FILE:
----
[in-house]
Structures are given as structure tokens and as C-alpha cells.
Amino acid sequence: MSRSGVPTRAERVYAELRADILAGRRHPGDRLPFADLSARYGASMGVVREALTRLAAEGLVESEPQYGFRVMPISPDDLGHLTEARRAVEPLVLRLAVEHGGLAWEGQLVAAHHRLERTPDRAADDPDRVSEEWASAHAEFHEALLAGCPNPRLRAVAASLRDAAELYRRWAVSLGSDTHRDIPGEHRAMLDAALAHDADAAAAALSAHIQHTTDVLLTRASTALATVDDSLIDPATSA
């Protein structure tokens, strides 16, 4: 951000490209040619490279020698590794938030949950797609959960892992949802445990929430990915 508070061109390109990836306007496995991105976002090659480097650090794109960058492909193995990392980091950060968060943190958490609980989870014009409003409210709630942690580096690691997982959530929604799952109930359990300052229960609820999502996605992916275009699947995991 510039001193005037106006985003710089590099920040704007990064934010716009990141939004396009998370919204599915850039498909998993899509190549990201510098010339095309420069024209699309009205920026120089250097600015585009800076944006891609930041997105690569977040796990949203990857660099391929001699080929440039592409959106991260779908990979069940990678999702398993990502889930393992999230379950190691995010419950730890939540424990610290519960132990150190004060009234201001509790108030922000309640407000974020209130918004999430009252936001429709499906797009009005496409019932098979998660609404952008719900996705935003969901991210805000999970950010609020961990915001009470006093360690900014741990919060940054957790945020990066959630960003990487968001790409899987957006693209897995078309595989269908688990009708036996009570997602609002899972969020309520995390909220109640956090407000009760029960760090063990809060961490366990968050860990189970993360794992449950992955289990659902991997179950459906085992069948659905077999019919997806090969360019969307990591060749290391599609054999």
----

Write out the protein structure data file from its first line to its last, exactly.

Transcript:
[in-house]
Structures are given as structure tokens and as C-alpha cells.
Amino acid sequence: MSRSGVPTRAERVYAELRADILAGRRHPGDRLPFADLSARYGASMGVVREALTRLAAEGLVESEPQYGFRVMPISPDDLGHLTEARRAVEPLVLRLAVEHGGLAWEGQLVAAHHRLERTPDRAADDPDRVSEEWASAHAEFHEALLAGCPNPRLRAVAASLRDAAELYRRWAVSLGSDTHRDIPGEHRAMLDAALAHDADAAAAALSAHIQHTTDVLLTRASTALATVDDSLIDPATSA
């Protein structure tokens, strides 16, 4: 951000490209040619490279020698590794938030949950797609959960892992949802445990929430990915 508070061109390109990836306007496995991105976002090659480097650090794109960058492909193995990392980091950060968060943190958490609980989870014009409003409210709630942690580096690691997982959530929604799952109930359990300052229960609820999502996605992916275009699947995991 510039001193005037106006985003710089590099920040704007990064934010716009990141939004396009998370919204599915850039498909998993899509190549990201510098010339095309420069024209699309009205920026120089250097600015585009800076944006891609930041997105690569977040796990949203990857660099391929001699080929440039592409959106991260779908990979069940990678999702398993990502889930393992999230379950190691995010419950730890939540424990610290519960132990150190004060009234201001509790108030922000309640407000974020209130918004999430009252936001429709499906797009009005496409019932098979998660609404952008719900996705935003969901991210805000999970950010609020961990915001009470006093360690900014741990919060940054957790945020990066959630960003990487968001790409899987957006693209897995078309595989269908688990009708036996009570997602609002899972969020309520995390909220109640956090407000009760029960760090063990809060961490366990968050860990189970993360794992449950992955289990659902991997179950459906085992069948659905077999019919997806090969360019969307990591060749290391599609054999």